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NASA Satellites Reveal Major Shifts in Global Freshwater

In a first-of-its-kind study, scientists have combined an array of NASA satellite observations of Earth with data on human activities to map locations where freshwater is changing around the globe and to determine why.

The study, published Wednesday in the journal Nature, finds that Earth’s wet land areas are getting wetter and dry areas are getting drier due to a variety of factors, including human water management, climate change and natural cycles.

A team led by Matt Rodell of NASA’s Goddard Space Flight Center in Greenbelt, Maryland, used 14 years of observations from the U.S./German-led Gravity Recovery and Climate Experiment (GRACE) spacecraft mission to track global trends in freshwater in 34 regions around the world.


NASA Launches Pioneering Soil Moisture Mapping Satellite

"Scientists and policymakers will use SMAP data to track water movement around our planet and make more informed decisions in critical areas like agriculture and water resources," said NASA Administrator Charles Bolden. SMAP also will detect whether the ground is frozen or thawed. Detecting variations in the timing of spring thaw and changes in the length of the growing season will help scientists more accurately account for how much carbon plants are removing from Earth's atmosphere each year.


NASA Announces New Mission to Track Water in Earth’s Soil

 

A new NASA satellite that will peer into the topmost layer of Earth's soils to measure the hidden waters that influence our weather and climate is in final preparations for a January 29, 2015 dawn launch from California. The Soil Moisture Active Passive (SMAP) mission will take the pulse of a key measure of our water planet: how freshwater cycles over Earth's land surfaces in the form of soil moisture. This data will be used to enhance scientists' understanding of the processes that link Earth's water, energy and carbon cycles.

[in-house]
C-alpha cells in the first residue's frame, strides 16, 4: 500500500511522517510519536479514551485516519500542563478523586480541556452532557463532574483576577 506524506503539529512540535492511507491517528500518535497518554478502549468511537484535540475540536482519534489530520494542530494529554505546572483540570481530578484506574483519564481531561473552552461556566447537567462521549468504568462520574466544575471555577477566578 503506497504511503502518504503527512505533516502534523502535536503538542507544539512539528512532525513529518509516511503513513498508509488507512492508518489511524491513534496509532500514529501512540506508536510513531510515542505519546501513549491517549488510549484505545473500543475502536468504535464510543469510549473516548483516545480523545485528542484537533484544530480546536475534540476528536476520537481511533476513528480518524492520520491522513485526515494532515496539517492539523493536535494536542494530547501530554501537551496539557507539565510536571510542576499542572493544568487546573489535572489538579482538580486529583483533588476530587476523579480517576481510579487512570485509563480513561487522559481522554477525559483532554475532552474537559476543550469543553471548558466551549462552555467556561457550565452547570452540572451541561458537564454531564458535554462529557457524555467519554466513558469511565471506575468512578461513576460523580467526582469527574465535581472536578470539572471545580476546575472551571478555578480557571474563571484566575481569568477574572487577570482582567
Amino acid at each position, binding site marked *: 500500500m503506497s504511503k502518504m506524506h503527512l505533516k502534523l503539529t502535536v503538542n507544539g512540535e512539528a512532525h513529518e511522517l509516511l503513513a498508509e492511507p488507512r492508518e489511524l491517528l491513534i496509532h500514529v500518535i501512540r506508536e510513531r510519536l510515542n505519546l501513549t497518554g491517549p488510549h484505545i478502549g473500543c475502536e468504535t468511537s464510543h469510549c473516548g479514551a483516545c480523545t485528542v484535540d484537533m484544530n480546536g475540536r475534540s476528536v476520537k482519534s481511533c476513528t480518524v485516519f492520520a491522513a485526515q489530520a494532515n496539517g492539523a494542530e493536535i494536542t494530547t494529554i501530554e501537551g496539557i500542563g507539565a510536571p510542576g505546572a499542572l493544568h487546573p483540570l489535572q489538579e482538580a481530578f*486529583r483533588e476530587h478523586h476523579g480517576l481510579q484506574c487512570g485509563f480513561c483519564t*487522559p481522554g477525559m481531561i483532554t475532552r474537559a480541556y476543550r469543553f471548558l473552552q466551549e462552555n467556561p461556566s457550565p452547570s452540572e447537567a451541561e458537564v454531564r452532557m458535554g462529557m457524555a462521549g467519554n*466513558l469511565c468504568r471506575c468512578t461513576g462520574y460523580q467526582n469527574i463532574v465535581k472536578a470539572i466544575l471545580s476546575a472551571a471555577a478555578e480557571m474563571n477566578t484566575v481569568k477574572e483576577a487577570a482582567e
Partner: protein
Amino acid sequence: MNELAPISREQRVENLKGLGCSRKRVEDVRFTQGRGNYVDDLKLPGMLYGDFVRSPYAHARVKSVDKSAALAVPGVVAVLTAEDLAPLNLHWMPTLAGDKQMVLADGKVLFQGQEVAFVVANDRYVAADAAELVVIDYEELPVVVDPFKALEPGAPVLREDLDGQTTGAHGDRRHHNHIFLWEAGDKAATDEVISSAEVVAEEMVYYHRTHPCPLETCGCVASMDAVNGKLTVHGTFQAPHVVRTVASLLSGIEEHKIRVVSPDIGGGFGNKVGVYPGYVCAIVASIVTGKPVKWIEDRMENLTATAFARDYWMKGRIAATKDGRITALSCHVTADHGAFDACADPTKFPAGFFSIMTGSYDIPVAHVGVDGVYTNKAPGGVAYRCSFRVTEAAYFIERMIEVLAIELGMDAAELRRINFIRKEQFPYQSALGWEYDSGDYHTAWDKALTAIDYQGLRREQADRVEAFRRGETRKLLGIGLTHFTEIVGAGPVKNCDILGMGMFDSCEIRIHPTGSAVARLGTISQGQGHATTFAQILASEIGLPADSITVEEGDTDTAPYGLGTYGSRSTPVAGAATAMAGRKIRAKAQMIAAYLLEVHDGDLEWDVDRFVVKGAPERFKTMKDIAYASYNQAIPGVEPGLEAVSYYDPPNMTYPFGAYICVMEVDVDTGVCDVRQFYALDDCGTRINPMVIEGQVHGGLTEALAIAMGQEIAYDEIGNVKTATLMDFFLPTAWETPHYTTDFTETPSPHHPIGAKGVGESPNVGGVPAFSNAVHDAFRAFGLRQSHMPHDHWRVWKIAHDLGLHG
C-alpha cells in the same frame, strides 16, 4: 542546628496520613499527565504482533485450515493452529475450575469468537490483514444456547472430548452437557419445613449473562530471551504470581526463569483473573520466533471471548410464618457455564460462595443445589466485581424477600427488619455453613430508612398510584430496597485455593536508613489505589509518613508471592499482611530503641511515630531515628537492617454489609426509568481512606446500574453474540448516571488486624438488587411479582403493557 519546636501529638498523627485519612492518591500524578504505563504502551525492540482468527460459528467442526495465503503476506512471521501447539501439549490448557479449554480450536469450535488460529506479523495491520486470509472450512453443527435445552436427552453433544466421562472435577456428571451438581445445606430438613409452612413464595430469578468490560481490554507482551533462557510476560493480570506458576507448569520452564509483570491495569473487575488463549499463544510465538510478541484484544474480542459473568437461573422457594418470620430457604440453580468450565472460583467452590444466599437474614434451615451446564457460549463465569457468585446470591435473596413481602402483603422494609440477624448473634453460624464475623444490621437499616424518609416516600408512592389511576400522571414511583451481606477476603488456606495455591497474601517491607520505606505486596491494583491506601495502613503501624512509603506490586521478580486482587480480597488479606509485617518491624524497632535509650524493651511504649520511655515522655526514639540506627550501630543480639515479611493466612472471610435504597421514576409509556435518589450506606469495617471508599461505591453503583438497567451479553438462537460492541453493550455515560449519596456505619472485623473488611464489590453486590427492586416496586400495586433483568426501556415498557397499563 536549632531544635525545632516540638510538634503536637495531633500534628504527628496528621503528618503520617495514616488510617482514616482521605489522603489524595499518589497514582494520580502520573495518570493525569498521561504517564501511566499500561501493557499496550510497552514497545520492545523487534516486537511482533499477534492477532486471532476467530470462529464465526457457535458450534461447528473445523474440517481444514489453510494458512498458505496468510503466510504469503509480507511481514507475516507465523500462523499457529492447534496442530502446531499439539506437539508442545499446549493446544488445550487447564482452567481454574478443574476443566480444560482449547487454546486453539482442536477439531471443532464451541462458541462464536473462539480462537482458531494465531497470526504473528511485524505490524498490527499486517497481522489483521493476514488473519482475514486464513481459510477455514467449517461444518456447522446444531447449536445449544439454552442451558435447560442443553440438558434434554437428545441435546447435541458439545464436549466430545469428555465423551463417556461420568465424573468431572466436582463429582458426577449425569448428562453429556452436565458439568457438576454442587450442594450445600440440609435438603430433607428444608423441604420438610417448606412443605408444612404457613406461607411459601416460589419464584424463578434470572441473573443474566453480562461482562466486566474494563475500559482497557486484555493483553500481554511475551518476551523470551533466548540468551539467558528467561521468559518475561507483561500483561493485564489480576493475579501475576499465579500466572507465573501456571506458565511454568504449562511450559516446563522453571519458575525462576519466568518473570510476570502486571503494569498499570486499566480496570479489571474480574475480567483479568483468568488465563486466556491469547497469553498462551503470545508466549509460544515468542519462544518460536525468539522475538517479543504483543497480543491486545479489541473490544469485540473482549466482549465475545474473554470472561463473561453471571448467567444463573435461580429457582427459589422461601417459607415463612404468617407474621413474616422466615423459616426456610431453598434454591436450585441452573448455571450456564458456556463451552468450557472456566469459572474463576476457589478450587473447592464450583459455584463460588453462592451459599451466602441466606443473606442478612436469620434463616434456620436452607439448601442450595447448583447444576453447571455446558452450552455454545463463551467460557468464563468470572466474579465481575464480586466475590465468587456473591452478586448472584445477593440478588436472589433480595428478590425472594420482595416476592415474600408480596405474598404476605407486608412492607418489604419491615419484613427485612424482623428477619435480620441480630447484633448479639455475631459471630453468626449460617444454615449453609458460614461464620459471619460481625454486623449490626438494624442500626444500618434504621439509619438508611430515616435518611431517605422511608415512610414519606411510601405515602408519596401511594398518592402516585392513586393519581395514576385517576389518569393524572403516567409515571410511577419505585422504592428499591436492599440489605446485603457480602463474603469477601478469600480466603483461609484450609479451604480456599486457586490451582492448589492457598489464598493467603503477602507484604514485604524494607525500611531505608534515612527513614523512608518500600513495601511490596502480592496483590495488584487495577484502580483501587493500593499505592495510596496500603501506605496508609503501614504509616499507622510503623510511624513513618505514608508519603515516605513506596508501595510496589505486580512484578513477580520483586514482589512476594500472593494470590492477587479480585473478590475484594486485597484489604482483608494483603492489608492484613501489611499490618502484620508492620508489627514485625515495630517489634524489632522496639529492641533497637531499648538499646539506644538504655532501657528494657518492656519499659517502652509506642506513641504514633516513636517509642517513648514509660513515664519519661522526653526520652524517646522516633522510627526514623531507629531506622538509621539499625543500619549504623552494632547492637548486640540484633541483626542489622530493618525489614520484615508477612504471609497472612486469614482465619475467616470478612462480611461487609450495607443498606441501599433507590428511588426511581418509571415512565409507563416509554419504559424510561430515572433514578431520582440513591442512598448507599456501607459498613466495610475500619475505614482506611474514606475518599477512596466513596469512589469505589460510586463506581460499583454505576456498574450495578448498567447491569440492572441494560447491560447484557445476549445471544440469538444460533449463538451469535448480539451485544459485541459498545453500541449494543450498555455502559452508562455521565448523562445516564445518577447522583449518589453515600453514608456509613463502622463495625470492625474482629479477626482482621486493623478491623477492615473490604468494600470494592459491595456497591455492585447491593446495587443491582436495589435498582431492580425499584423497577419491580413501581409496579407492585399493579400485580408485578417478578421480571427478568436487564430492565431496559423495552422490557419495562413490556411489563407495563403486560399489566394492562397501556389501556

NASA’s OCO-2 Brings Sharp New Focus on Global Carbon

. In July 2014, NASA will launch the Orbiting Carbon Observatory-2 (OCO-2) to study the fate of carbon dioxide worldwide. Natural processes are working hard to keep the carbon cycle in balance by absorbing about half of our carbon emissions, limiting the extent of climate change. There's a lot we don't know about these processes, including where they are occurring and how they might change as the climate warms. To understand and prepare for the carbon cycle of the future, we have an urgent need to find out.

 

 

 

 


Scientists To Study Pacific Ocean's "Global Chimney"

Remote waters affect billions of people, shape climate and air chemistry worldwide

The remote waters of the Western tropical Pacific Ocean region affect billions of people by shaping climate and air chemistry worldwide. Beginning the week of January 13, 2014, scientists will head to the region to better understand its influence on the atmosphere, including how that influence may change in coming decades if storms over the Pacific become more powerful with rising global temperatures.

NASA Satellites Find Freshwater Losses in Middle East

A new study using data from a pair of gravity-measuring NASA satellites finds that large parts of the arid Middle East region lost freshwater reserves rapidly during the past decade.


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